The “Theory of Everything” tells the story of theoretical physicist Steven Hawking and his wife, Jane. At the age of 21, he was diagnosed with Lou Gehrig’s Disease and given two years to live. He is now 72 years old. The movie tells the story of two dedicated people working to extend his life far beyond what was considered possible. It is a story that presents us with the question, “What is love?”
Their relationship began shortly before he was diagnosed. What started as a relationship filled with excitement and wonder quickly turned into a 25-year struggle for productivity and survival. Jane never gave up hope for Steven, even at a time when a doctor suggested taking him off a ventilator. “Steven must live,” was her statement, and he did. She devoted years to keeping him alive and working, at the expense of her own career and ambitions; even when she was overwhelmed, depressed and angry.
As the disease progresses, you watch as Steven becomes physically handicapped in almost every way. He went from walking with a cane, to using a wheelchair. He could not use his hands to write; eventually, he could not even speak. When he would become discouraged, Jane was by his side, there to help him fight in order to continue his life’s work.
Steven and Jane have an amazing story to tell. Once you look past the extraordinary circumstances, however, you can also clearly see the stages of love (romance, disillusionment and acceptance) that we all experience in our own lives.
It began with romance, passion and excitement. They were happy to be with one another, no matter what the cost. We see this as Steven takes Jane to the May Ball, charms her with unique stories, and agrees to dance even though he doesn’t know how. The evening ends with a fireworks display that is nothing short of magic. She is entranced; he is enthralled.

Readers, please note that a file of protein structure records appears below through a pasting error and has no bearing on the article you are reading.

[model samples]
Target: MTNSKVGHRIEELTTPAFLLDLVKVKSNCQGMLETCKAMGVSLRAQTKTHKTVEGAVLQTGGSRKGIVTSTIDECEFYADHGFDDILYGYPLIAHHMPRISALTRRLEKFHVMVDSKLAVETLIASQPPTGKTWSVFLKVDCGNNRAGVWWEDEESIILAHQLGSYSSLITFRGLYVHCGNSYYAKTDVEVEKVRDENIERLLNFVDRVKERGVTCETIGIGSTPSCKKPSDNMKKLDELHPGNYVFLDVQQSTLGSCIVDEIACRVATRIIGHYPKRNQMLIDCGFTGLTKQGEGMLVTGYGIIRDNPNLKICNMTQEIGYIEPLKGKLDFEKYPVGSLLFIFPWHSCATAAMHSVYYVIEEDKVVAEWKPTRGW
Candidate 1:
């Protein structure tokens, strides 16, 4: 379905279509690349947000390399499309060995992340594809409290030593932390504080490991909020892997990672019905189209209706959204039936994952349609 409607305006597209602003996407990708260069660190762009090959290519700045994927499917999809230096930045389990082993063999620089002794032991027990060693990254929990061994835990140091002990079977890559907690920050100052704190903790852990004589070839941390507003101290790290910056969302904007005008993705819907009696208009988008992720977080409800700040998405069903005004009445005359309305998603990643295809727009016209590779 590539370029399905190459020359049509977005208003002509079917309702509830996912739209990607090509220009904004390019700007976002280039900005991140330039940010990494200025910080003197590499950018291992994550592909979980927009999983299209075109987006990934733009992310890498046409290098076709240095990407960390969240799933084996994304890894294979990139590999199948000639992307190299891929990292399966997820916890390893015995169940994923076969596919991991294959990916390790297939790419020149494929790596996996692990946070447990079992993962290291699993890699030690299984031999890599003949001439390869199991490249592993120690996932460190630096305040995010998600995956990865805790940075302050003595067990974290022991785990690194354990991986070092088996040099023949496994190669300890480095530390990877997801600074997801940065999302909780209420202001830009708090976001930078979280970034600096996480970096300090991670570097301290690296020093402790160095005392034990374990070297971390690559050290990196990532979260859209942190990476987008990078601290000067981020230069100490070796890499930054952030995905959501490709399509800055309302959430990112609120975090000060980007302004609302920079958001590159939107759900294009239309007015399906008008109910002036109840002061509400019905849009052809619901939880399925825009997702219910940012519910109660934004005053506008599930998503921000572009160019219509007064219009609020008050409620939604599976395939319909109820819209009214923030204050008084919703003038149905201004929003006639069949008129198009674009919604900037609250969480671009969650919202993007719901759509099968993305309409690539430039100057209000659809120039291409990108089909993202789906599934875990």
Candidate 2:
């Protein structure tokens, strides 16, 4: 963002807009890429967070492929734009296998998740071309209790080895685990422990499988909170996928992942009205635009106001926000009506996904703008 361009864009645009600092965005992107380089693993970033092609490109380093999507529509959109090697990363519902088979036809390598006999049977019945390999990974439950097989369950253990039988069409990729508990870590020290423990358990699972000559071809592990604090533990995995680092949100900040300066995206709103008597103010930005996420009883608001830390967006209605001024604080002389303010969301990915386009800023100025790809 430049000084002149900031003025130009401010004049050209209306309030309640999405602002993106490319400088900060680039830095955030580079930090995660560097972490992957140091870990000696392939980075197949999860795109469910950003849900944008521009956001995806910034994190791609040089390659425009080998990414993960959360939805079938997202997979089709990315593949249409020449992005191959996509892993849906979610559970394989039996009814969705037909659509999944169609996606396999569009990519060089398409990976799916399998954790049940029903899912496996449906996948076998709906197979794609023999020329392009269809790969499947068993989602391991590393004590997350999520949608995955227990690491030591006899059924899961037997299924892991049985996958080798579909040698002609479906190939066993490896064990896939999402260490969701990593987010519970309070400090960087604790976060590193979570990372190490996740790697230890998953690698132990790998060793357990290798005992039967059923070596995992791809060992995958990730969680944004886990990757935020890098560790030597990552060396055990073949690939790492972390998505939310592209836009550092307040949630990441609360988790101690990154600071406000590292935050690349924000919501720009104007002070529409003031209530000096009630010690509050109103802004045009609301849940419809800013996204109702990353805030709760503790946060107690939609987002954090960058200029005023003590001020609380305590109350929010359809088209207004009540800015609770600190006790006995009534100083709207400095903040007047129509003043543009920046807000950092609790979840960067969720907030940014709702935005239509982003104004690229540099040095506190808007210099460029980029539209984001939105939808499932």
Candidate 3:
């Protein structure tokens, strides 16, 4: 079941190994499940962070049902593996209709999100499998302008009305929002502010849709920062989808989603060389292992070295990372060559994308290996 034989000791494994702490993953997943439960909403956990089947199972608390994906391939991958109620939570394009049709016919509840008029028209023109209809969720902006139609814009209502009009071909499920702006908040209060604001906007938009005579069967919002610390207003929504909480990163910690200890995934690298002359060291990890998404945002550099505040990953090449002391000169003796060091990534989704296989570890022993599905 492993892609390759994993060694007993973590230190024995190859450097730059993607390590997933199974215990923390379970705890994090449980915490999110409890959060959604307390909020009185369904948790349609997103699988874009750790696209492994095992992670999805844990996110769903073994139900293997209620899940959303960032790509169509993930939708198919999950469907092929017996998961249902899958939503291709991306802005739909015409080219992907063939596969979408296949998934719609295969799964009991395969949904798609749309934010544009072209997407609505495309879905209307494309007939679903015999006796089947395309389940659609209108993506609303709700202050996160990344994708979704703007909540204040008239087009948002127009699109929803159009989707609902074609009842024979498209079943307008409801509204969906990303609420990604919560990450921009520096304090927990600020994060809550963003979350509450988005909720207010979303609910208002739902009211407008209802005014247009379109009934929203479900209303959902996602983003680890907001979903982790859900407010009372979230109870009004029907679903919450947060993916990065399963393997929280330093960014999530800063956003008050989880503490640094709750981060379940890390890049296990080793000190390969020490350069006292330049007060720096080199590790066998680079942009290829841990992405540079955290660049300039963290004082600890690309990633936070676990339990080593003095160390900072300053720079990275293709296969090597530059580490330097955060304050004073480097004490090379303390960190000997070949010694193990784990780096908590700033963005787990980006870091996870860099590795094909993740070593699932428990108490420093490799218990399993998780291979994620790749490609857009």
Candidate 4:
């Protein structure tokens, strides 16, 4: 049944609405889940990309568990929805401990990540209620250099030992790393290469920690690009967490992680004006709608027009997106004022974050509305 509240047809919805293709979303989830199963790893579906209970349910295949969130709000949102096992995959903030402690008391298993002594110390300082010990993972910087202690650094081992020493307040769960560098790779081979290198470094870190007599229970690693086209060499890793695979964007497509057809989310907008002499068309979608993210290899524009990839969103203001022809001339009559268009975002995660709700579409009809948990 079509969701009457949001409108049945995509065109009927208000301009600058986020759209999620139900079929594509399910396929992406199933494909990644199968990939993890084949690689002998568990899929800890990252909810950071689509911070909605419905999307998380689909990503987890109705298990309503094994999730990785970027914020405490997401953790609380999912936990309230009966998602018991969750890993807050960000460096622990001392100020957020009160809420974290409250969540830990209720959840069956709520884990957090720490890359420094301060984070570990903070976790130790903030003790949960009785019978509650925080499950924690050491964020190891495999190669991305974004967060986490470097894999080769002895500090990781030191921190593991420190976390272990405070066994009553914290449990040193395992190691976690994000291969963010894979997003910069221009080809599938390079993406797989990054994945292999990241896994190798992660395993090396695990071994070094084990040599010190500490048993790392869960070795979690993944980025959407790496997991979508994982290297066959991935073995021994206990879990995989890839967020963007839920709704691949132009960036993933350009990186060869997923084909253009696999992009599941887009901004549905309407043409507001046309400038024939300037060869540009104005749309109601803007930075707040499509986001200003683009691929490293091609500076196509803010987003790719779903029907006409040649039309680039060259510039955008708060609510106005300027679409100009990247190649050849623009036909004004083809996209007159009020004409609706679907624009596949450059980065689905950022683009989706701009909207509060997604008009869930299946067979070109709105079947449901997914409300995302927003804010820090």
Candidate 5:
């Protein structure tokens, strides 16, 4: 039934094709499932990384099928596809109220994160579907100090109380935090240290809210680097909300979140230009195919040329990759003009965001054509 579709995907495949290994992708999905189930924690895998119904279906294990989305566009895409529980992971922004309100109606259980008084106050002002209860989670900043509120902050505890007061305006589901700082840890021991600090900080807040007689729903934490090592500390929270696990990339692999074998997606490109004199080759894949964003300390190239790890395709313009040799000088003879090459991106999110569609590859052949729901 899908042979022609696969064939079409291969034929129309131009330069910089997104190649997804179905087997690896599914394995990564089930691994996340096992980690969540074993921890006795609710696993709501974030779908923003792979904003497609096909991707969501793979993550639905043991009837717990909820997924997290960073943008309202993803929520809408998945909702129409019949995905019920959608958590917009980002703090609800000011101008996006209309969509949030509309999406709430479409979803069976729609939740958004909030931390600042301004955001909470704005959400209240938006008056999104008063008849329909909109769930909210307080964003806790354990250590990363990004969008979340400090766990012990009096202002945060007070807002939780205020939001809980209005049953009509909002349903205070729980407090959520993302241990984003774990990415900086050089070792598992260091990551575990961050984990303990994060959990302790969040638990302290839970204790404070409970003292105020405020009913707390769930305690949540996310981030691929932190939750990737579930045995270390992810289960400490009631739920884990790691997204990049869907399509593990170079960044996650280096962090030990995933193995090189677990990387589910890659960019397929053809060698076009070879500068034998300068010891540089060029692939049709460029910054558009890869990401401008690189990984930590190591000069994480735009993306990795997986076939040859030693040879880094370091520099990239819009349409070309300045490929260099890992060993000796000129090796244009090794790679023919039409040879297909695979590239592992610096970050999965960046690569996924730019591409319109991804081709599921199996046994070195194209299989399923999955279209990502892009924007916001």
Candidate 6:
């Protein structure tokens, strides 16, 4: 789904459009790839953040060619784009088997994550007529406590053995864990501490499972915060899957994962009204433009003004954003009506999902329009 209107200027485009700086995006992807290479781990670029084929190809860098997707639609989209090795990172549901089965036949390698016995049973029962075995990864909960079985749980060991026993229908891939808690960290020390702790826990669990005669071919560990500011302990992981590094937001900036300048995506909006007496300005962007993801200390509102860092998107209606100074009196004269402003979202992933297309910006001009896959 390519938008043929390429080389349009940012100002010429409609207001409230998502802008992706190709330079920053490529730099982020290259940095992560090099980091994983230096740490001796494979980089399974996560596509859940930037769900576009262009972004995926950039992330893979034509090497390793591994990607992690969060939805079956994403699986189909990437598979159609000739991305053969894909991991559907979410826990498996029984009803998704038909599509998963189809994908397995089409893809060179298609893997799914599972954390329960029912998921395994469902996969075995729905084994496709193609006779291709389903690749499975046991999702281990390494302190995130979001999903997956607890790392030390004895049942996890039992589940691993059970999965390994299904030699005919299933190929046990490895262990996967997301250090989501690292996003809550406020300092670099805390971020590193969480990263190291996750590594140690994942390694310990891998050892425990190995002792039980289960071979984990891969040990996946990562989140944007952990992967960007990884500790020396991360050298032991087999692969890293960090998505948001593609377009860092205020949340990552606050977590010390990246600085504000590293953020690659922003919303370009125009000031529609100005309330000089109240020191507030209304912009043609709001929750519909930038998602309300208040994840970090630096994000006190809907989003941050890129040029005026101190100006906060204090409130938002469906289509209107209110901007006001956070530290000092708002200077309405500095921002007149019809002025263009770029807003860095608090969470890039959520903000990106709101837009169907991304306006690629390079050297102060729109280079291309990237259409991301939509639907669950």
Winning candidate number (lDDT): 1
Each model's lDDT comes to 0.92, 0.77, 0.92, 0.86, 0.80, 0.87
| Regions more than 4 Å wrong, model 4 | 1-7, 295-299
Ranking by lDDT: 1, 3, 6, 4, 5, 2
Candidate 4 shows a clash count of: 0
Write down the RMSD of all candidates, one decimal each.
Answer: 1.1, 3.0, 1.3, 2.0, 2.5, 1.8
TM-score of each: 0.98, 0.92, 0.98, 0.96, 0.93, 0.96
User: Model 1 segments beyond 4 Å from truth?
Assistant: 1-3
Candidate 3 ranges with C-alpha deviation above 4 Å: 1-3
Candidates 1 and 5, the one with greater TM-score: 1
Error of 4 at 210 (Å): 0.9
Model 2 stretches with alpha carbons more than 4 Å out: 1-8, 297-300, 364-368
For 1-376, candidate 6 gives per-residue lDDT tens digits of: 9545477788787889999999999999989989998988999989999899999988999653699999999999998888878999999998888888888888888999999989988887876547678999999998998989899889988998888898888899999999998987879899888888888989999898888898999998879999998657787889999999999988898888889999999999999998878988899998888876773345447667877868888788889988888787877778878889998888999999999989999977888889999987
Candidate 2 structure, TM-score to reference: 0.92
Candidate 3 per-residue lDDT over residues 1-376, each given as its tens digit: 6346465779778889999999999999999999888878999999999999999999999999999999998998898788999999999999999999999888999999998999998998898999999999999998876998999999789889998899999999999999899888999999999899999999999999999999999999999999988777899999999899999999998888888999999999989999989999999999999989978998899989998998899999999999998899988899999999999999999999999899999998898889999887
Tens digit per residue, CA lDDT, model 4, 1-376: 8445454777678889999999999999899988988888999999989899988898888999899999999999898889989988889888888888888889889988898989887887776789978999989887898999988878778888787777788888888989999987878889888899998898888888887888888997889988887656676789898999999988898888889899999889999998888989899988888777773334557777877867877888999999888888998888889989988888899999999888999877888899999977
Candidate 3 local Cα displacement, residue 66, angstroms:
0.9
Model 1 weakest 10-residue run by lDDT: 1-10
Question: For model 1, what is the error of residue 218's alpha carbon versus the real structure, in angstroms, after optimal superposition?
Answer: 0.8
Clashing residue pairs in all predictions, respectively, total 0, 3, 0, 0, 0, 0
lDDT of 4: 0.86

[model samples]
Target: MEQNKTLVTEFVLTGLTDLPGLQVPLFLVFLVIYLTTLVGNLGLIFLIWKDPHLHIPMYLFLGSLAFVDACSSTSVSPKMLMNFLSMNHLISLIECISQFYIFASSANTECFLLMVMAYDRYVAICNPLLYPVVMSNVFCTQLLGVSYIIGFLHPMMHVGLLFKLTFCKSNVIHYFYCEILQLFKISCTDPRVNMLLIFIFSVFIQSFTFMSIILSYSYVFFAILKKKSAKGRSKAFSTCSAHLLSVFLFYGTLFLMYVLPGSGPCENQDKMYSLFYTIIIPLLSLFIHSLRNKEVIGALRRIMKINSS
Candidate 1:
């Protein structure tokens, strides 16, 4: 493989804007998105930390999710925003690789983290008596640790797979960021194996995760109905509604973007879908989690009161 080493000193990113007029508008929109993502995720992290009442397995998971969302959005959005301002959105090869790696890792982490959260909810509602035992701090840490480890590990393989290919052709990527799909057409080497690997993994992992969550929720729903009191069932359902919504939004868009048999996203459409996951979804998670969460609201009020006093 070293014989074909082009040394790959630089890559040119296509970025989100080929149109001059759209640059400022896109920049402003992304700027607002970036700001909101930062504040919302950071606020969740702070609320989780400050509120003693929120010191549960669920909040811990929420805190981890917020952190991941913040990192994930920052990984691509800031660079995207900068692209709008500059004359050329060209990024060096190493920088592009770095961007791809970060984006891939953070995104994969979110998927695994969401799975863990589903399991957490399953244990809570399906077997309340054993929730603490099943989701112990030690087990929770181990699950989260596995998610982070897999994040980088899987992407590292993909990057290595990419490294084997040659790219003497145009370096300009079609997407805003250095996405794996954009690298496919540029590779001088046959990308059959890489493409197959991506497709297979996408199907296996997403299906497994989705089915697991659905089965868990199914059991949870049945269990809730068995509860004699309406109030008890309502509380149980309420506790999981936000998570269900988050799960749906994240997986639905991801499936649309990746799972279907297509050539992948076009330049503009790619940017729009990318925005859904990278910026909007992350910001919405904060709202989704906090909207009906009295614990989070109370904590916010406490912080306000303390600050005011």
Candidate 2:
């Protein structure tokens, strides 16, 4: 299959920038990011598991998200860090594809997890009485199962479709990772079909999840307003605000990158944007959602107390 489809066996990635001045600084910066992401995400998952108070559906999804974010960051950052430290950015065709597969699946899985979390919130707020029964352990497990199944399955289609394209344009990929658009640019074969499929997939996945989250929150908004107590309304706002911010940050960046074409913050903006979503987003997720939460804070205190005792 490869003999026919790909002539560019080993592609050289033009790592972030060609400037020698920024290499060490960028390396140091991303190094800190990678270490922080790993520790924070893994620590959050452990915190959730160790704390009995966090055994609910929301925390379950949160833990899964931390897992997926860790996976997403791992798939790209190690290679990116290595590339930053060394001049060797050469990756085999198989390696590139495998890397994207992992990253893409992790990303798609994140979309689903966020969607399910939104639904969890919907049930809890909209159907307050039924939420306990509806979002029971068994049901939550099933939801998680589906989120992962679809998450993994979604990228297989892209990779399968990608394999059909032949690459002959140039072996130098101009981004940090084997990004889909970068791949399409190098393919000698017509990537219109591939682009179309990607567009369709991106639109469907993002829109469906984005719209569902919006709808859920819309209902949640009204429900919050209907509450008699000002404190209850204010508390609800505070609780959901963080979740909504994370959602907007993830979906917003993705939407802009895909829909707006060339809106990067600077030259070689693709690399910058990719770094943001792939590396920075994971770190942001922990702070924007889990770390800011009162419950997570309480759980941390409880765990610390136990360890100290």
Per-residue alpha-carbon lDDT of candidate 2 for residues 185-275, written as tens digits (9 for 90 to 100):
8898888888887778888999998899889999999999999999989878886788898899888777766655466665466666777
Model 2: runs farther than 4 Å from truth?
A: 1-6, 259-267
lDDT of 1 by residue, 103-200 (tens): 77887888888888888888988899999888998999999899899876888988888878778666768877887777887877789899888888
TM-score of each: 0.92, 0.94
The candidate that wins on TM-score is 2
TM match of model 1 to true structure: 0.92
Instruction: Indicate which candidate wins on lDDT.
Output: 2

They create a life together. His disease progresses, they have children, Jane works toward her Ph.D. Romance has ended and disillusionment sets in. Life is no longer what Jane dreamed, grief sets in along with all it brings: depression, anger, denial, and bargaining. This is the point where many relations fail, without the romance the grief overwhelms and the relationship is ended.
Jane decides to stay despite the hardship, and fights for Steven, his life and their relationship. She enters the stage of acceptance. Her romantic dream is dead. Together she and Steven, with the support of a team of others, accomplish truly great things. They raise three children together, and Jane finishes her Ph.D. while Steven lives to continue his work, which receives international acclaim.
In the course of their lives together, both Steven and Jane have choices to make. Jane chooses to stay; however, after 25 years together, Steven chooses otherwise. In the end, he leaves Jane.
An impactful movie that sticks with us as we leave the theater and makes us think about something we experienced as we watched. Their story raises the question, “Was love not enough to keep them together, or did love make those 25 years possible?” Could you even argue that love saved his life?
If you enjoy questions like this, look forward to February. That’s when I’ll reflect on love as it is presented in the media versus what we experience in real life. If you would like to explore the role “love” is playing in your life, I can help you. Call me at: 919-881-2001.